PMID: 29685994 [PubMed - as supplied by publisher]

Generation of Xeno-Free, cGMP-Compliant Patient-Specific iPSCs from Skin Biopsy.

Tue, 2018-05-01 10:45
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Generation of Xeno-Free, cGMP-Compliant Patient-Specific iPSCs from Skin Biopsy.

Curr Protoc Stem Cell Biol. 2017 Aug 14;42:4A.12.1-4A.12.14

Authors: Wiley LA, Anfinson KR, Cranston CM, Kaalberg EE, Collins MM, Mullins RF, Stone EM, Tucker BA

Abstract
This unit describes protocols for the generation of clinical-grade patient-specific induced pluripotent stem cell (iPSC)-derived retinal cells from patients with inherited retinal degenerative blindness. Specifically, we describe how, using xeno-free reagents in an ISO class 5 environment, one can isolate and culture dermal fibroblasts, generate iPSCs, and derive autologous retinal cells via 3-D differentiation. The universal methods described herein for the isolation of dermal fibroblasts and generation of iPSCs can be employed regardless of disease, tissue, or cell type of interest. © 2017 by John Wiley & Sons, Inc.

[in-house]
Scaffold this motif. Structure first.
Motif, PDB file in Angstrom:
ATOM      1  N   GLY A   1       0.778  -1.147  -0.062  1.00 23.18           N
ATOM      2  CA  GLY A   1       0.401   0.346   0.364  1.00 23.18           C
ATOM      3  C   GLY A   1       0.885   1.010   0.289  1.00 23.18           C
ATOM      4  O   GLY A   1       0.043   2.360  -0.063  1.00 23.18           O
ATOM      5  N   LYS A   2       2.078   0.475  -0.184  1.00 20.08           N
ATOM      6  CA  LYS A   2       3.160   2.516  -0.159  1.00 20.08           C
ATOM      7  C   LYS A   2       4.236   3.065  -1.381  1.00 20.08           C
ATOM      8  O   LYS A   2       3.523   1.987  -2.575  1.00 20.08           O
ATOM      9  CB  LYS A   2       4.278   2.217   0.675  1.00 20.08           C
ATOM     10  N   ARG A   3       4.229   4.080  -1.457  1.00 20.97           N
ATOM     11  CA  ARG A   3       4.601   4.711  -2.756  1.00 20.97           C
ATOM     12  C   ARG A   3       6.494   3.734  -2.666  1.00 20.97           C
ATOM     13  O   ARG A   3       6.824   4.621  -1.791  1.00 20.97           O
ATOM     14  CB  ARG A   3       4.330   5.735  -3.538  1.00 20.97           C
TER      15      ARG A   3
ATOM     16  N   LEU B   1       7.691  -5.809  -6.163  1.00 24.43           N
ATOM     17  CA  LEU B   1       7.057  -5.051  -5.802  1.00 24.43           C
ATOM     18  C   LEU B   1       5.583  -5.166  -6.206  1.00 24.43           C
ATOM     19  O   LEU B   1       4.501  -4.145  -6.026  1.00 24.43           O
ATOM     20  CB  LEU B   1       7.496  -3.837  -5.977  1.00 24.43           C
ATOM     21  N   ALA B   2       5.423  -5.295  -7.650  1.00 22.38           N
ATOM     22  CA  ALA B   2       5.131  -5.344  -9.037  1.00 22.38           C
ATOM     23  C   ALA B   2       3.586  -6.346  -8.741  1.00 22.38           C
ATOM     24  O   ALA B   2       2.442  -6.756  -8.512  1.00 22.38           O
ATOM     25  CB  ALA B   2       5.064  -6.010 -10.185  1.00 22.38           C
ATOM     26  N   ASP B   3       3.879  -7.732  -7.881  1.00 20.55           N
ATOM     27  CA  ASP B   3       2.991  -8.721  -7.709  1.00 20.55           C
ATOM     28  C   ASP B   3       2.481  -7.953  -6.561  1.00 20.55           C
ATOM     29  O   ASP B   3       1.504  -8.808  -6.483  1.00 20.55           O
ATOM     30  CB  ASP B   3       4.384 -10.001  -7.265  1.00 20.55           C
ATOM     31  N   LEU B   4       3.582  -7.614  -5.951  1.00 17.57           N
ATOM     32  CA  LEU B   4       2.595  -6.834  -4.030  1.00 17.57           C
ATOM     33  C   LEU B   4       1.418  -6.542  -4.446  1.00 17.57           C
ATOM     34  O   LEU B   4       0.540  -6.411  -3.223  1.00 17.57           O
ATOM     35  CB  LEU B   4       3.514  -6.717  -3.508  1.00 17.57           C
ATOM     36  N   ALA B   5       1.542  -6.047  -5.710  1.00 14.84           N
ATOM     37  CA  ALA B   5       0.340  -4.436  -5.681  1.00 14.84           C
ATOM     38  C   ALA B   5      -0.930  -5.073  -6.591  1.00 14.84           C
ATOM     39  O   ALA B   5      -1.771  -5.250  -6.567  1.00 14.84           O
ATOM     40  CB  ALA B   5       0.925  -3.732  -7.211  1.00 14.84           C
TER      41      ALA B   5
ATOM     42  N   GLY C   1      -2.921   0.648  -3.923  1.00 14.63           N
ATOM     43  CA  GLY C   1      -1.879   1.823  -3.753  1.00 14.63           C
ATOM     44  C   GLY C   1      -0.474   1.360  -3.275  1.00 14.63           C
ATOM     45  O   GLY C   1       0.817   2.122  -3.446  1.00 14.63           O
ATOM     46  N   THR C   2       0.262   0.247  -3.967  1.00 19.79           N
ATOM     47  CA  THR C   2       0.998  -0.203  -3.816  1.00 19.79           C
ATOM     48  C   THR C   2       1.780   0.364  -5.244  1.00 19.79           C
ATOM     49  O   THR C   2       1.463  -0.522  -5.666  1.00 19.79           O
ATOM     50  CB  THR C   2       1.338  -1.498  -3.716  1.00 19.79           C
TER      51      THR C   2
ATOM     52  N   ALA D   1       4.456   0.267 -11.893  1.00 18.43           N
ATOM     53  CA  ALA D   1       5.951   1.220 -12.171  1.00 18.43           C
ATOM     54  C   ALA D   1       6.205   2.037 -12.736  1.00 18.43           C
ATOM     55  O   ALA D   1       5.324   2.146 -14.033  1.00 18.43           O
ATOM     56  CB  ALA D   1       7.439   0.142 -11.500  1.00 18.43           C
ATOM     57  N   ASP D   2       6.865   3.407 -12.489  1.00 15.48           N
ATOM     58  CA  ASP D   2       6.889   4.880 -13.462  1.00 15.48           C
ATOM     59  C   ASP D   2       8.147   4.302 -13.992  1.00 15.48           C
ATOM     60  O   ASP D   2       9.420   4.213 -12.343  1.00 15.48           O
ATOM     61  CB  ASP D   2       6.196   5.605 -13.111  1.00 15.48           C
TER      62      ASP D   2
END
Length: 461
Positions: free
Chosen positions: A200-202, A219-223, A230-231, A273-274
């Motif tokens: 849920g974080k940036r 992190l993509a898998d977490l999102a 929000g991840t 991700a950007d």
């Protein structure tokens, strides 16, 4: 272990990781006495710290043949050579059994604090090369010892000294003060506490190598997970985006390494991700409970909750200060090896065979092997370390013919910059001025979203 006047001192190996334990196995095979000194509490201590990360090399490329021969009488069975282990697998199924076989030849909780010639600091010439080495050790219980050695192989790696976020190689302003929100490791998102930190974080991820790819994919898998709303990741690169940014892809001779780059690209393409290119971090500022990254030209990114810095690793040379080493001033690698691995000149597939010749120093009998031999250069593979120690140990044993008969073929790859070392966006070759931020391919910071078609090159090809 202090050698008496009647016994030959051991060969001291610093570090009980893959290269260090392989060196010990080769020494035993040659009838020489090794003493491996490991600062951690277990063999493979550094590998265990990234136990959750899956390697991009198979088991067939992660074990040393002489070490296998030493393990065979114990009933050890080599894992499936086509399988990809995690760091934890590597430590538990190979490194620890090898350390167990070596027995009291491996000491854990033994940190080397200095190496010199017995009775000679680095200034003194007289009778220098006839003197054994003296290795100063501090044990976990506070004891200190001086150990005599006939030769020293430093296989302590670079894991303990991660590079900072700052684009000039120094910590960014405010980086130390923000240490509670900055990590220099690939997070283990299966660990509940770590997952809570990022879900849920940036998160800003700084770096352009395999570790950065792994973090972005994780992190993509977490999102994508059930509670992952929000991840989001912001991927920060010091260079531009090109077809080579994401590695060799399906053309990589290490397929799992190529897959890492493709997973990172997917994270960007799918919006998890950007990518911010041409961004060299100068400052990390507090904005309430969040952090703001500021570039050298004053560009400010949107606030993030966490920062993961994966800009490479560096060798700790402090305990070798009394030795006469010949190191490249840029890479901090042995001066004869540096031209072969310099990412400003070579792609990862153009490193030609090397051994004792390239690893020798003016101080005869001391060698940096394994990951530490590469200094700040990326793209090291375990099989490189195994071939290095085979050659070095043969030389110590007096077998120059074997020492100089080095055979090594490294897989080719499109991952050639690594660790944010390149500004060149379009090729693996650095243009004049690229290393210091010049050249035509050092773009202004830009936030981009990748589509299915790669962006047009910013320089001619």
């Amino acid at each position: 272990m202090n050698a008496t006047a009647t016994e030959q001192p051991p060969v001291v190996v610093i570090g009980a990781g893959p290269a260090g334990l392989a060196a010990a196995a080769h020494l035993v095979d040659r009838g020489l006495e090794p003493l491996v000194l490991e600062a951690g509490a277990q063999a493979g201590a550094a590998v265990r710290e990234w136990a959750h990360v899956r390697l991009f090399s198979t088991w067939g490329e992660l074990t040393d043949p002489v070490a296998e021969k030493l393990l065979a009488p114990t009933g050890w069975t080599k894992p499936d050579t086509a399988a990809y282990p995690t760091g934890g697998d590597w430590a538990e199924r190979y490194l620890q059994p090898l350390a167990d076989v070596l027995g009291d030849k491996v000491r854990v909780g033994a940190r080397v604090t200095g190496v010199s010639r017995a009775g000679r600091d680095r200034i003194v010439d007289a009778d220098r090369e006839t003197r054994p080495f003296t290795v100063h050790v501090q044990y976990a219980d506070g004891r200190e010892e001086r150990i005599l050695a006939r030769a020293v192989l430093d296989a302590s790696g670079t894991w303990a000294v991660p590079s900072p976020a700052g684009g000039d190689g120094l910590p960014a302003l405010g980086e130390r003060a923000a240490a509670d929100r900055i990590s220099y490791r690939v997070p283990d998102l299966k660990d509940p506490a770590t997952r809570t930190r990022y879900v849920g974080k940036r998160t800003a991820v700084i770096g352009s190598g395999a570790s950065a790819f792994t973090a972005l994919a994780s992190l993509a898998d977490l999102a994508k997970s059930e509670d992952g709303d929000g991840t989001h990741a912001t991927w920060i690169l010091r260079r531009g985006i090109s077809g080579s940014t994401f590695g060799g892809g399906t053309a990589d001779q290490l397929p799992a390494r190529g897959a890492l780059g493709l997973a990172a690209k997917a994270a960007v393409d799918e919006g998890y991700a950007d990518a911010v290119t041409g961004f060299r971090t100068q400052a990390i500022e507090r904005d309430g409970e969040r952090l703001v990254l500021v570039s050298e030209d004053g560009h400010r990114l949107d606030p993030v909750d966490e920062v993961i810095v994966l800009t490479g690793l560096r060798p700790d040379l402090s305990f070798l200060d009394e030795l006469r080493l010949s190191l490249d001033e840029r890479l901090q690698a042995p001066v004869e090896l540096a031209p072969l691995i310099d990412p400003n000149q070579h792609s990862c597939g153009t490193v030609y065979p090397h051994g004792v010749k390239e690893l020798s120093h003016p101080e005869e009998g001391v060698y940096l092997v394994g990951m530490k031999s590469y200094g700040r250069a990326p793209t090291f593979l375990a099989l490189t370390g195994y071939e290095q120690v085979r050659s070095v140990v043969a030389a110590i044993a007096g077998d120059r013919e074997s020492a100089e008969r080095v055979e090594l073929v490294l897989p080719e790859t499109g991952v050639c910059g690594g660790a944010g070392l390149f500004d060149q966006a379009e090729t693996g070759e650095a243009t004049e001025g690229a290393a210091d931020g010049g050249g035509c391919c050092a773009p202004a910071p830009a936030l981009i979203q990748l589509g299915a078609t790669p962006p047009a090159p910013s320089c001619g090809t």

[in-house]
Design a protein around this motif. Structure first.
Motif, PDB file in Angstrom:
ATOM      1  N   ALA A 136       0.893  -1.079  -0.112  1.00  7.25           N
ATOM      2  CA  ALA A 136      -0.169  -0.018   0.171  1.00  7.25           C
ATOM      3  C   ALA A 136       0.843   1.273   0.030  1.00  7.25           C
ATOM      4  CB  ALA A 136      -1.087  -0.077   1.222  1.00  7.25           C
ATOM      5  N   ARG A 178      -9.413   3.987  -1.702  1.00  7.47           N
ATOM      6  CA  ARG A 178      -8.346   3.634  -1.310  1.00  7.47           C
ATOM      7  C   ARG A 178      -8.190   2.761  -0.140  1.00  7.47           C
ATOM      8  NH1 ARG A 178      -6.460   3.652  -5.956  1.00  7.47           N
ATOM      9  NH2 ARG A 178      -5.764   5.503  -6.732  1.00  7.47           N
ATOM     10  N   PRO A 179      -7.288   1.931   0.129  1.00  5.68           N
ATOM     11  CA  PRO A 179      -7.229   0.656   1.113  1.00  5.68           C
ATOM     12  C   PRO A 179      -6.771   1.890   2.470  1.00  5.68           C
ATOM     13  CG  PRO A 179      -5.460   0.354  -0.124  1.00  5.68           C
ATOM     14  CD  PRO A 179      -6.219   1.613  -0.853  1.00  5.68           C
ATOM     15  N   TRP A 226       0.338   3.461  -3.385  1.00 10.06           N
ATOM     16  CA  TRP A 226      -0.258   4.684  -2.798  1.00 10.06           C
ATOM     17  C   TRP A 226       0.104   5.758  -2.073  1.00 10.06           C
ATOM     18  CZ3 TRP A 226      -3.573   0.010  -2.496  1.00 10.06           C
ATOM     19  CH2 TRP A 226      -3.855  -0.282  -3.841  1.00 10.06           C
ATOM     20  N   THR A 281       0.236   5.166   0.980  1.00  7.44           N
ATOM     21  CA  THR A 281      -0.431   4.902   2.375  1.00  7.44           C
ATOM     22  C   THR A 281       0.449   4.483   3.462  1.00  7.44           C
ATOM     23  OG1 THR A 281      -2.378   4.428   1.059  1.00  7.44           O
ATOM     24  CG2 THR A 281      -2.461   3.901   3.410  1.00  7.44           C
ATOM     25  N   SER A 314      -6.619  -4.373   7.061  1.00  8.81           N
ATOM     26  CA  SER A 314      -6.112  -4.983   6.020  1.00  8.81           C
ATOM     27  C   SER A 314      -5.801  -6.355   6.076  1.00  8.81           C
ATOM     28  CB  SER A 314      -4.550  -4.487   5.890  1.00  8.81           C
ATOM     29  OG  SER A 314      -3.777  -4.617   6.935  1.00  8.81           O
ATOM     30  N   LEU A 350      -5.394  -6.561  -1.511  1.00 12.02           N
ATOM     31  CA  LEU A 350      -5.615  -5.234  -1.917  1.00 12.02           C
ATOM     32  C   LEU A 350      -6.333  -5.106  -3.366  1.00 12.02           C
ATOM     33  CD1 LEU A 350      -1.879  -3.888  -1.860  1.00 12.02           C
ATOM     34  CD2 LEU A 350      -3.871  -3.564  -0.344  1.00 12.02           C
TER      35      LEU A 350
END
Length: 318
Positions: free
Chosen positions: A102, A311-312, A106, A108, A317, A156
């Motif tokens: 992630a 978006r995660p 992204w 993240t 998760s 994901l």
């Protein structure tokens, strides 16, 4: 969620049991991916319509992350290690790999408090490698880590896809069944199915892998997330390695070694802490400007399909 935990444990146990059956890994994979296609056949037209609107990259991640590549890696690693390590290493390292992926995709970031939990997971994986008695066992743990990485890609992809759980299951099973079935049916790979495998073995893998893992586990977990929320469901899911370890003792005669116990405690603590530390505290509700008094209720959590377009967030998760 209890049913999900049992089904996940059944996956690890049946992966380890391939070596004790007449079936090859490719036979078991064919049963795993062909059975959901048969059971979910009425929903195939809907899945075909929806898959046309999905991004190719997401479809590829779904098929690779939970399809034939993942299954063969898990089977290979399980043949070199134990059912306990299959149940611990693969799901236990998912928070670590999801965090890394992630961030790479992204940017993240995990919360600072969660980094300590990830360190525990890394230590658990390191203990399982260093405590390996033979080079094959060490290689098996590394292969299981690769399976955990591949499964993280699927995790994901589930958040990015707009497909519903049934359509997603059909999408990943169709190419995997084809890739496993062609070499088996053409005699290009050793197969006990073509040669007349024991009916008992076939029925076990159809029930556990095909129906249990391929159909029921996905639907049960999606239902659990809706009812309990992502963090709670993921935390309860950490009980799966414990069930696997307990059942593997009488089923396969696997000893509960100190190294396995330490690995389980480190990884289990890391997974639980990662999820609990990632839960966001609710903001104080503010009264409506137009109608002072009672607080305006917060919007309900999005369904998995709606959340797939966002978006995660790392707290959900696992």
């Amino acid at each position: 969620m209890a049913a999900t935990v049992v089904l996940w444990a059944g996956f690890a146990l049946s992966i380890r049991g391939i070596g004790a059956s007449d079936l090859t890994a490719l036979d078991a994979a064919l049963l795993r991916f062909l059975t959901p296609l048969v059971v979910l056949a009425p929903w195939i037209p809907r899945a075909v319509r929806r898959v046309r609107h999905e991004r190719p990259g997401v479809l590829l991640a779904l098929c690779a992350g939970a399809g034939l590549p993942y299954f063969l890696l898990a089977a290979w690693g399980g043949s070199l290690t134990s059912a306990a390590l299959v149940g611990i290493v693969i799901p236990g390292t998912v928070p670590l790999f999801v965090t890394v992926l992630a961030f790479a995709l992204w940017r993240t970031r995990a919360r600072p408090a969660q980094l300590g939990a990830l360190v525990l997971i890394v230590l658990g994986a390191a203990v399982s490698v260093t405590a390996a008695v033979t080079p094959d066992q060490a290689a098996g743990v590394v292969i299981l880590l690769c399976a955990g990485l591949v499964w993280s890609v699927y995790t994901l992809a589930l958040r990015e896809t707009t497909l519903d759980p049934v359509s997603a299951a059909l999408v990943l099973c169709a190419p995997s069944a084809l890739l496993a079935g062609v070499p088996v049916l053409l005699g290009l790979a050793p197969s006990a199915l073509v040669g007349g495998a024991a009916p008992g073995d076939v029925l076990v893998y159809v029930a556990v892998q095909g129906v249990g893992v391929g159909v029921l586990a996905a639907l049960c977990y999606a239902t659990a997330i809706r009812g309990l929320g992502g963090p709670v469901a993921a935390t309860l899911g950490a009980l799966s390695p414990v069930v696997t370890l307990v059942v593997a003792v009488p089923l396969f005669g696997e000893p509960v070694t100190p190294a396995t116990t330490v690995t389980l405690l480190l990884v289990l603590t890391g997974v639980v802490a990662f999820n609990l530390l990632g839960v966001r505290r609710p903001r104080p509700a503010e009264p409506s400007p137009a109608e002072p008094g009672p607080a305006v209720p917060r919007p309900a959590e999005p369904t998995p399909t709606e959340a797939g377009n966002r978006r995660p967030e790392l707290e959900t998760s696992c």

PMID: 28806854 [PubMed - indexed for MEDLINE]

cGMP production of patient-specific iPSCs and photoreceptor precursor cells to treat retinal degenerative blindness.

Tue, 2018-05-01 10:45
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cGMP production of patient-specific iPSCs and photoreceptor precursor cells to treat retinal degenerative blindness.

Sci Rep. 2016 07 29;6:30742

Authors: Wiley LA, Burnight ER, DeLuca AP, Anfinson KR, Cranston CM, Kaalberg EE, Penticoff JA, Affatigato LM, Mullins RF, Stone EM, Tucker BA

Abstract
Immunologically-matched, induced pluripotent stem cell (iPSC)-derived photoreceptor precursor cells have the potential to restore vision to patients with retinal degenerative diseases like retinitis pigmentosa. The purpose of this study was to develop clinically-compatible methods for manufacturing photoreceptor precursor cells from adult skin in a non-profit cGMP environment. Biopsies were obtained from 35 adult patients with inherited retinal degeneration and fibroblast lines were established under ISO class 5 cGMP conditions. Patient-specific iPSCs were then generated, clonally expanded and validated. Post-mitotic photoreceptor precursor cells were generated using a stepwise cGMP-compliant 3D differentiation protocol. The recapitulation of the enhanced S-cone phenotype in retinal organoids generated from a patient with NR2E3 mutations demonstrated the fidelity of these protocols. Transplantation into immune compromised animals revealed no evidence of abnormal proliferation or tumor formation. These studies will enable clinical trials to test the safety and efficiency of patient-specific photoreceptor cell replacement in humans.

PMID: 27471043 [PubMed - indexed for MEDLINE]